When I thought no one was paying any attention, I quickly grabbed the rag, checked the table of contents, and flipped to the Jonbenet article. I tried to appear to be looking at the data on someone's monitor as I quickly scanned the article. I must not have been subtle enough. An ENT announced loudly for everyone to hear (in an area where almost no one speaks much above a whisper), "Alexis' IQ just dropped 80 points! She's reading People magazine."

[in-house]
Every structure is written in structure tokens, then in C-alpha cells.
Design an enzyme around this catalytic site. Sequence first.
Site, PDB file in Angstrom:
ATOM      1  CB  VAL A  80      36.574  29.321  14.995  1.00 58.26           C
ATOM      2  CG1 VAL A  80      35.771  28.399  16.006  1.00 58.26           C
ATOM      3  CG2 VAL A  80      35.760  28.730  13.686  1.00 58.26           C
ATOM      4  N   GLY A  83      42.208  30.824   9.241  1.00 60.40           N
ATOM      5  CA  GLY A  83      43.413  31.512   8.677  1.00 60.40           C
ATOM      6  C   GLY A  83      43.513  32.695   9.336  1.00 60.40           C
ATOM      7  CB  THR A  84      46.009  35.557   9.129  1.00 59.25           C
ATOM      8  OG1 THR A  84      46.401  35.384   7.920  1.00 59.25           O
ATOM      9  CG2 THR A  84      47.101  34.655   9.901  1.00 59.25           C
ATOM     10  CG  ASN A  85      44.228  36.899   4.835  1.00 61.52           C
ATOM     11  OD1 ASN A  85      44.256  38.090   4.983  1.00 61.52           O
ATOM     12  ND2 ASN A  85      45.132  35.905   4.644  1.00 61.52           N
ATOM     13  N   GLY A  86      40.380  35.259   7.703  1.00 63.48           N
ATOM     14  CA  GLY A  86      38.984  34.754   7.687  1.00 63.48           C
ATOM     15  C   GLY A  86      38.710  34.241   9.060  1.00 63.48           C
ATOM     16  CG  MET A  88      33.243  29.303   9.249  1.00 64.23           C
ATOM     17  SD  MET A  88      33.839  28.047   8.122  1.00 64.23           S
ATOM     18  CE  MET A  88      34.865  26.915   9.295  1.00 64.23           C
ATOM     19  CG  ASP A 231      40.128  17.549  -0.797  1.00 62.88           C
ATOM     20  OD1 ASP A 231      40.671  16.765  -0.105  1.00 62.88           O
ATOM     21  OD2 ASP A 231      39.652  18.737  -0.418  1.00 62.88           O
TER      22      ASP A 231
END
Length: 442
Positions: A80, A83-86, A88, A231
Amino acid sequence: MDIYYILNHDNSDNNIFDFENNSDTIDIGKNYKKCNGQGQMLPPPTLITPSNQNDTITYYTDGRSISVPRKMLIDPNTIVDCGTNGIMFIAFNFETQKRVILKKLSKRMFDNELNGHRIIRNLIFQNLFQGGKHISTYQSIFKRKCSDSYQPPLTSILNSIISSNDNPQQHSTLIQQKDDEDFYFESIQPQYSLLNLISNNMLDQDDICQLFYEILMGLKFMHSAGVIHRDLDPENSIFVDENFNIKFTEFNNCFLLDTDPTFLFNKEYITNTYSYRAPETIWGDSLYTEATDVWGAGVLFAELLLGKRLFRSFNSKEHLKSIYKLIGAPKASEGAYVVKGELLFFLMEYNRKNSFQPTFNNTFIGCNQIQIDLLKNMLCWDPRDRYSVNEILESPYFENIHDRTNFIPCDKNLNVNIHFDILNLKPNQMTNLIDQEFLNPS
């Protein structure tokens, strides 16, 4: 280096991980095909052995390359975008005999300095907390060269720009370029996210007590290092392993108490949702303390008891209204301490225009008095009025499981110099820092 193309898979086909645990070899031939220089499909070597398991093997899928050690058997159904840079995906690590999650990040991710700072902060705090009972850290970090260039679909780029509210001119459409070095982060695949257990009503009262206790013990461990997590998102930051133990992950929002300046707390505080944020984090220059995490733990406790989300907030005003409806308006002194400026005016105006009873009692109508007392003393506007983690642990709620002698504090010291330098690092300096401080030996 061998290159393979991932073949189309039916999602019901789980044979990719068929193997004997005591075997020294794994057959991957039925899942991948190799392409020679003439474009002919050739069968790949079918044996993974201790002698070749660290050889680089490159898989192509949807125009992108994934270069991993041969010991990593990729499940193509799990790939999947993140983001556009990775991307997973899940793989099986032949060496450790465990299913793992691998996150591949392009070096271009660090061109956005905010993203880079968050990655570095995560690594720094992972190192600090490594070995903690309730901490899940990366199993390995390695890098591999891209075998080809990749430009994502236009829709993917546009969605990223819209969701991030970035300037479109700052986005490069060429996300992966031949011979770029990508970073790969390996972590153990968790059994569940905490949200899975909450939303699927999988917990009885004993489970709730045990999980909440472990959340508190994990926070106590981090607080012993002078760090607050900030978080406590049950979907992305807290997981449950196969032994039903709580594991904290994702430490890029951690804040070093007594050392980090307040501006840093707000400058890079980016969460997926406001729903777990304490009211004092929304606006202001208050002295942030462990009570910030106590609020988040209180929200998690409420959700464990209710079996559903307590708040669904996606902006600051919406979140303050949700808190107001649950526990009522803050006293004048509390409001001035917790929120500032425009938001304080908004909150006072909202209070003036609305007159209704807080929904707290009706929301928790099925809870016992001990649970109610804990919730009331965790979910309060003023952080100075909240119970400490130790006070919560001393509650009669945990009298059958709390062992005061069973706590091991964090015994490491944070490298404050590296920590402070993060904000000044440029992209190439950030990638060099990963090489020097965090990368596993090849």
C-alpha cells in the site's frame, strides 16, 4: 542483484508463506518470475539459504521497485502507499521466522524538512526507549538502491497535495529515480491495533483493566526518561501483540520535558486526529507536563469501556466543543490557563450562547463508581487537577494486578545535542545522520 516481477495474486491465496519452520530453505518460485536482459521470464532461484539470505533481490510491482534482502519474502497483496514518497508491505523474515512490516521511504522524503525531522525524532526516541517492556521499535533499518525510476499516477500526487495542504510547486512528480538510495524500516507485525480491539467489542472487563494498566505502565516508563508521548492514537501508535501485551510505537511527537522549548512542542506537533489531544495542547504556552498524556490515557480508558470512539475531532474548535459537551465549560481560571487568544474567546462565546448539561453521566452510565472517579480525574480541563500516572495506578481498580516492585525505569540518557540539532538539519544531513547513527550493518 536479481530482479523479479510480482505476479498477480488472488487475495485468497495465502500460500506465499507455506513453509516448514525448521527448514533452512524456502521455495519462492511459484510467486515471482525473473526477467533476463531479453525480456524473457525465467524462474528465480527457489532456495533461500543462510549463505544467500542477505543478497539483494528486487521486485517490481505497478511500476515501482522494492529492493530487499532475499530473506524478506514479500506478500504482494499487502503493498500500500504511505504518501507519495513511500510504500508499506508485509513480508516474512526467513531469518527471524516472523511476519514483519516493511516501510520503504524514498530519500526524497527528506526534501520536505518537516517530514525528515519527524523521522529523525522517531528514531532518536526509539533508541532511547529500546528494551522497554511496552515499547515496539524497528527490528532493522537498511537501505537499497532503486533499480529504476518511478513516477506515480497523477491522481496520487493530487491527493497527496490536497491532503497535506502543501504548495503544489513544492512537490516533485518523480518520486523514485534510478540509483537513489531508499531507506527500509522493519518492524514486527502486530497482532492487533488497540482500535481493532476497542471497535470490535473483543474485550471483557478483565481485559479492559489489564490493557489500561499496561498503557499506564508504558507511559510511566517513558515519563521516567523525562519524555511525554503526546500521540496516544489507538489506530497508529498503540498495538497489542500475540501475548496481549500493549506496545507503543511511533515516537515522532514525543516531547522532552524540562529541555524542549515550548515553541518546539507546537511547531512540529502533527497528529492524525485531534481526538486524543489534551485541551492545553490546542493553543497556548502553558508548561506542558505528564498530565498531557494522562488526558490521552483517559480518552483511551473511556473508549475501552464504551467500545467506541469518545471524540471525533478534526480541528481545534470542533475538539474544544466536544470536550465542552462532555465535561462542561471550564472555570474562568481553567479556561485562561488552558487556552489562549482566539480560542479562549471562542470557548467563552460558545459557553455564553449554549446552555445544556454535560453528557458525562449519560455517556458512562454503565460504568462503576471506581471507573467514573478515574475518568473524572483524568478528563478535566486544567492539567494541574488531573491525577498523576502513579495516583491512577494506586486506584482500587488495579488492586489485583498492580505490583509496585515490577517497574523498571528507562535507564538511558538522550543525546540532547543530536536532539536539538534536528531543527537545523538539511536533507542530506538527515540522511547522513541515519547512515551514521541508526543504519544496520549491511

For the rest of the day I had to endure obnoxious questions about Johnny Depp's divorce, about the Kardashians, Jenners, and Wests, about the apparently nasty divorce of two people I've never heard of named Johnny and Amber, about two equally unfamiliar people named Jojo and Jordan, about Gwyneth Paltrow's love life, and a host of other nonsense. I smiled through it all, as what else could I do? I had been caught reading People magazine. I'm now getting all sorts of tabloids shoved through the vents of my locker. Why are all these people wasting their hard-earned money just to poke fun at me? I carefully check the front of each scandal sheet to ensure that it doesn't have a subscription label. If any doctor, nurse, or med student is ever stupid enough to taunt me with a tabloid to which he or she actually subscribes, the person will rue the day he or she ever passed along his or her rag mag to me.